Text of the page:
A recent Valeo test vehicle in Tokyo demonstrated how Scala lidars and a front camera, combined with vehicle-to-infrastructure communication, could autonomously steer through crowded boulevards, thread between lumbering trucks and zipping passenger vehicles, while navigating pedestrians.
The system is Level 4-capable but operates in Level 2 mode during public testing, with a Valeo engineer always at the ready to take control.
The self-driving system had its faltering moments, usually while negotiating scenarios that require bending traffic rules — such as leaving a lane to go around idling trucks or bicyclists. And the steering and braking aren’t always as smooth as would be done with a human touch.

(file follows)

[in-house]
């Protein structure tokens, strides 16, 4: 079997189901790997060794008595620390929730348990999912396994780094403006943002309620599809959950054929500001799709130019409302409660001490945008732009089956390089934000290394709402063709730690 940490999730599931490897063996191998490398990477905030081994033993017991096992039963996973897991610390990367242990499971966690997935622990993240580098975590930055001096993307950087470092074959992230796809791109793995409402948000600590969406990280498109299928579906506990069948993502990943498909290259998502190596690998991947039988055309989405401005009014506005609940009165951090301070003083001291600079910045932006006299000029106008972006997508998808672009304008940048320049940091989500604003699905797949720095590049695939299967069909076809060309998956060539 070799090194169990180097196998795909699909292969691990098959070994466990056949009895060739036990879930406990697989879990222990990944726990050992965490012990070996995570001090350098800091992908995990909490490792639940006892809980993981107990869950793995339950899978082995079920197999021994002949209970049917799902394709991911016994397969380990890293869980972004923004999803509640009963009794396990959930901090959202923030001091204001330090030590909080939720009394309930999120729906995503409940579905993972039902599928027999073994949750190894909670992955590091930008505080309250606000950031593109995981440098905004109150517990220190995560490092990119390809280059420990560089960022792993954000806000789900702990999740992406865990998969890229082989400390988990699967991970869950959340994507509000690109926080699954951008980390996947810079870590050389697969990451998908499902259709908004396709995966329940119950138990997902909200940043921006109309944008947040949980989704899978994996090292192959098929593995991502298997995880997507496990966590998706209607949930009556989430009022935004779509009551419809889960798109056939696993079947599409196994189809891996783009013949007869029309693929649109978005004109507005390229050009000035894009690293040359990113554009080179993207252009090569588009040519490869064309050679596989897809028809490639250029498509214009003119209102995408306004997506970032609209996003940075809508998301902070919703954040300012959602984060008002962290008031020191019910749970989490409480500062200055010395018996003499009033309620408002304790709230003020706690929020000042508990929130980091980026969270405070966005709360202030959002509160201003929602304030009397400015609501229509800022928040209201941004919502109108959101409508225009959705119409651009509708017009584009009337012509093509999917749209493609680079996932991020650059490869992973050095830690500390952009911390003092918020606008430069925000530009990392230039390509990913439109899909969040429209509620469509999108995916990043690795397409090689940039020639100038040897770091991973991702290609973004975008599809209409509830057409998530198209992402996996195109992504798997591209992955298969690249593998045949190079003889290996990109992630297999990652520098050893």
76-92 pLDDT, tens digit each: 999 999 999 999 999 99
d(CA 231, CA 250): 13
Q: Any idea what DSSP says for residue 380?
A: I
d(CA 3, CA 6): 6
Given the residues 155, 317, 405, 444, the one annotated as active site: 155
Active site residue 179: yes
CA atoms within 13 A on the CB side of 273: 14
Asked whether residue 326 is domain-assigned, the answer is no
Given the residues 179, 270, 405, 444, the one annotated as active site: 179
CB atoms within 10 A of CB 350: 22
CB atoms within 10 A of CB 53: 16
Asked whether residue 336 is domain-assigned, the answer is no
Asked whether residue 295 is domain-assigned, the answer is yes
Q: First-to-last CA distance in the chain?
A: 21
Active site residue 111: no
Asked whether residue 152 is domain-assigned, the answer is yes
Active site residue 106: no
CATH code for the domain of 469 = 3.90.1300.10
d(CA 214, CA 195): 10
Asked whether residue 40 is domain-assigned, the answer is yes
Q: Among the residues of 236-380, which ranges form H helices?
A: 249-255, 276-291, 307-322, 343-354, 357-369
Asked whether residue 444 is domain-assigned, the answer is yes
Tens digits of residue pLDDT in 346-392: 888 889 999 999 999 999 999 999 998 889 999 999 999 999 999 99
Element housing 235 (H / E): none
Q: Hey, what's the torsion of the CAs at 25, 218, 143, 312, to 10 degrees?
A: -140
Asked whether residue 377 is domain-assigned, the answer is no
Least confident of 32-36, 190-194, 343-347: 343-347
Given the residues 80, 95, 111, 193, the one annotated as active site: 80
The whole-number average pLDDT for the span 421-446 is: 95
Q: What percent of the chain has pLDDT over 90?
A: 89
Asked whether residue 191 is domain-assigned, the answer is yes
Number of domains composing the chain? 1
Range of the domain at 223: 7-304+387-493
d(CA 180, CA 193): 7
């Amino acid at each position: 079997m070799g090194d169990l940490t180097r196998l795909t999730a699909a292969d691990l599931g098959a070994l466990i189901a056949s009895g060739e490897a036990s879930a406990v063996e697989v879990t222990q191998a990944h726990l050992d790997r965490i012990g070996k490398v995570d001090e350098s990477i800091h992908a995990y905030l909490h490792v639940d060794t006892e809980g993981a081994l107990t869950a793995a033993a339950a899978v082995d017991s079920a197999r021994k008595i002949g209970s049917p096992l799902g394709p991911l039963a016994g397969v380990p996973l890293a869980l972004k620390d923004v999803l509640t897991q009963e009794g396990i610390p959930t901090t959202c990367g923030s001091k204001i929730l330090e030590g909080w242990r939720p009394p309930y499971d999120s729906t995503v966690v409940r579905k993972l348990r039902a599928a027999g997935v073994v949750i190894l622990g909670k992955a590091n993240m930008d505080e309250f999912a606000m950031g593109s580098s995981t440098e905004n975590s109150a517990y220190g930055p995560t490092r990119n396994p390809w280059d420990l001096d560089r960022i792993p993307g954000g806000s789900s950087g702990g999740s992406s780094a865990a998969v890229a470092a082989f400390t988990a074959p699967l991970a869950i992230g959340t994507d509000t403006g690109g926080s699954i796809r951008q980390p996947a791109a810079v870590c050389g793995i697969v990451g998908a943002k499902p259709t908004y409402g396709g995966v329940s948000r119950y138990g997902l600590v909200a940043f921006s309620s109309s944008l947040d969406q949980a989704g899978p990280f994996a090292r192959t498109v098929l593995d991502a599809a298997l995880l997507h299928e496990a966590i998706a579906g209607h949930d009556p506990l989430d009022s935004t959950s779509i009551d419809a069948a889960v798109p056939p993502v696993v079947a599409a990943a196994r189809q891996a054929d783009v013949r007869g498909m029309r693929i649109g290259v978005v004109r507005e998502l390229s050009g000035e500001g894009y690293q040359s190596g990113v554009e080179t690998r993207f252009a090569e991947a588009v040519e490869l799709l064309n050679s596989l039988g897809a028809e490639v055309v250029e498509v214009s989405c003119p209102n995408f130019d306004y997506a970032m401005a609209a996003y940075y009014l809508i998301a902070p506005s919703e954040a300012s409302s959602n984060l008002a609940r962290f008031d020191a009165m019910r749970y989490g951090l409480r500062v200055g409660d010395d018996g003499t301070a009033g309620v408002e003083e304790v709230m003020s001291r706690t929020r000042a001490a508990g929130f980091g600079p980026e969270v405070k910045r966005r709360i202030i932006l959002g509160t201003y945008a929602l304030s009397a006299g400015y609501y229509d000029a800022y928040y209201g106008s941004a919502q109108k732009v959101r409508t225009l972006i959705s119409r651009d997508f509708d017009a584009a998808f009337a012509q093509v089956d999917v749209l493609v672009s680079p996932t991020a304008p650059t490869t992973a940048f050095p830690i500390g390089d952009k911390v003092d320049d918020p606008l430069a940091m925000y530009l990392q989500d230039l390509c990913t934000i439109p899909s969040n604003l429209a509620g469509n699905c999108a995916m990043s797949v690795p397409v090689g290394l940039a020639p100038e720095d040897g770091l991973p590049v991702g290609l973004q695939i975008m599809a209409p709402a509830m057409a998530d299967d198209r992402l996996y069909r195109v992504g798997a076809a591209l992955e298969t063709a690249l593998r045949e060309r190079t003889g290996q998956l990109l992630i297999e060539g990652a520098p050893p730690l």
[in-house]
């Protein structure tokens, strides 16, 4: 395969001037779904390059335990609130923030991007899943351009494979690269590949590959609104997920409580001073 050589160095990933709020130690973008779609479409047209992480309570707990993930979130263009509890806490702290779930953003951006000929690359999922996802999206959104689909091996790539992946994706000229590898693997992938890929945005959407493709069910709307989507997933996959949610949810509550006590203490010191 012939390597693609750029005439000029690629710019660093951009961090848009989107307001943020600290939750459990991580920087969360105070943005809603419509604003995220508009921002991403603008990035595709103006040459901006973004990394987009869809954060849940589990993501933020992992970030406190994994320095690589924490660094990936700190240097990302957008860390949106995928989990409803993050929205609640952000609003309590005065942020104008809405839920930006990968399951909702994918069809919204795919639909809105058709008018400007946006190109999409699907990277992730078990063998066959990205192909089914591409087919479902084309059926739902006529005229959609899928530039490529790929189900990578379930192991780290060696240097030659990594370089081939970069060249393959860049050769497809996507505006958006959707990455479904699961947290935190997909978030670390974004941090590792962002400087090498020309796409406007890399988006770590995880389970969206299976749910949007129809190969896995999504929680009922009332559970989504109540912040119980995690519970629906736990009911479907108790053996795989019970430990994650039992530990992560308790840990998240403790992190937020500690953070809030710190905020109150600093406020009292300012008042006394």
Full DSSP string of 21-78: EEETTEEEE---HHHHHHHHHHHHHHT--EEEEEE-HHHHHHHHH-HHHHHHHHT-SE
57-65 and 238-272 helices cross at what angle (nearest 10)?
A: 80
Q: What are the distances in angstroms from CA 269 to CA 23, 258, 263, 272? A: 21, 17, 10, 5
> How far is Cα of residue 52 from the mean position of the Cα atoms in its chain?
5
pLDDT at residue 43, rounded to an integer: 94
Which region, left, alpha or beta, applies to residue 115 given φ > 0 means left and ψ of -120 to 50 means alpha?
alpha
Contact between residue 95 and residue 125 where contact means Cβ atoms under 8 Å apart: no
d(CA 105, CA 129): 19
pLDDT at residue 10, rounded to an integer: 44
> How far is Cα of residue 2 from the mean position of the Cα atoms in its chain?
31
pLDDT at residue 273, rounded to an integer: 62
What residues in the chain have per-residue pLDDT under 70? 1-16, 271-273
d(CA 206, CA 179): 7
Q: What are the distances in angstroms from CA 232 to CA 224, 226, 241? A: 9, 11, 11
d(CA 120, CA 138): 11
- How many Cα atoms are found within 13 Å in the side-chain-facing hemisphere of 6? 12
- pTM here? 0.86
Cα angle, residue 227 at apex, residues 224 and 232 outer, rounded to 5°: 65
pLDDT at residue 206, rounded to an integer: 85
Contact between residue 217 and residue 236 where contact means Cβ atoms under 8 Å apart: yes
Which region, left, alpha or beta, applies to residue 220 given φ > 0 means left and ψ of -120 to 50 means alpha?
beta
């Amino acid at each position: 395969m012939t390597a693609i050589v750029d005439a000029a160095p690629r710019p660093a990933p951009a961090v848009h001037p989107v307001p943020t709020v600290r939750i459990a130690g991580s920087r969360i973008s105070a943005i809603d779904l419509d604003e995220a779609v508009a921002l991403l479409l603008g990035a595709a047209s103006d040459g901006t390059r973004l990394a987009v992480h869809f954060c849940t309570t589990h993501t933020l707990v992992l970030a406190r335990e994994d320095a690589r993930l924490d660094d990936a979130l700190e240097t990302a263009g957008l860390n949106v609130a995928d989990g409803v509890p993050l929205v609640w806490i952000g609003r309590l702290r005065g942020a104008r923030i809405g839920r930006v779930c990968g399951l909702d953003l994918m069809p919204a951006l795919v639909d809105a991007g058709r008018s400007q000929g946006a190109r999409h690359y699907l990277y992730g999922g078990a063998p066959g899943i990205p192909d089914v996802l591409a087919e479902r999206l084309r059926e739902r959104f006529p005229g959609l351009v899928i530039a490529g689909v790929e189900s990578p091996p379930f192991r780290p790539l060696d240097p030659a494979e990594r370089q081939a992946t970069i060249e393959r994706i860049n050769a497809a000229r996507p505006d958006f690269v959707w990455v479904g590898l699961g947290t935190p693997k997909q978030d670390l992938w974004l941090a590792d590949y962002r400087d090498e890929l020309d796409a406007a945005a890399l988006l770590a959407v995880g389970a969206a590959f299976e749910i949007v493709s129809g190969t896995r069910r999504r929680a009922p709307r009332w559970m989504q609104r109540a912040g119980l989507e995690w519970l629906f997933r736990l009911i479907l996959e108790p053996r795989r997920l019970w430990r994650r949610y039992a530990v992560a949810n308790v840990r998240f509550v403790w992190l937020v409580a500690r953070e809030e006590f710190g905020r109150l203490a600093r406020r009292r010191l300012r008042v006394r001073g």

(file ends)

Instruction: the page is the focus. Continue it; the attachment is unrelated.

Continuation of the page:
Valeo engineers say that coming versions will better address such borderline scenarios. As for dynamics, the supplier says matters of acceleration and steering are up to the manufacturer. Valeo’s technology concerns itself with perceiving and interpreting the world around the vehicle.
Valeo wants to package its driver-assist systems into tailored technology sets for automakers in a plug-and-play model.
The sets will integrate the safety systems inside the vehicle and connect with the surrounding infrastructure.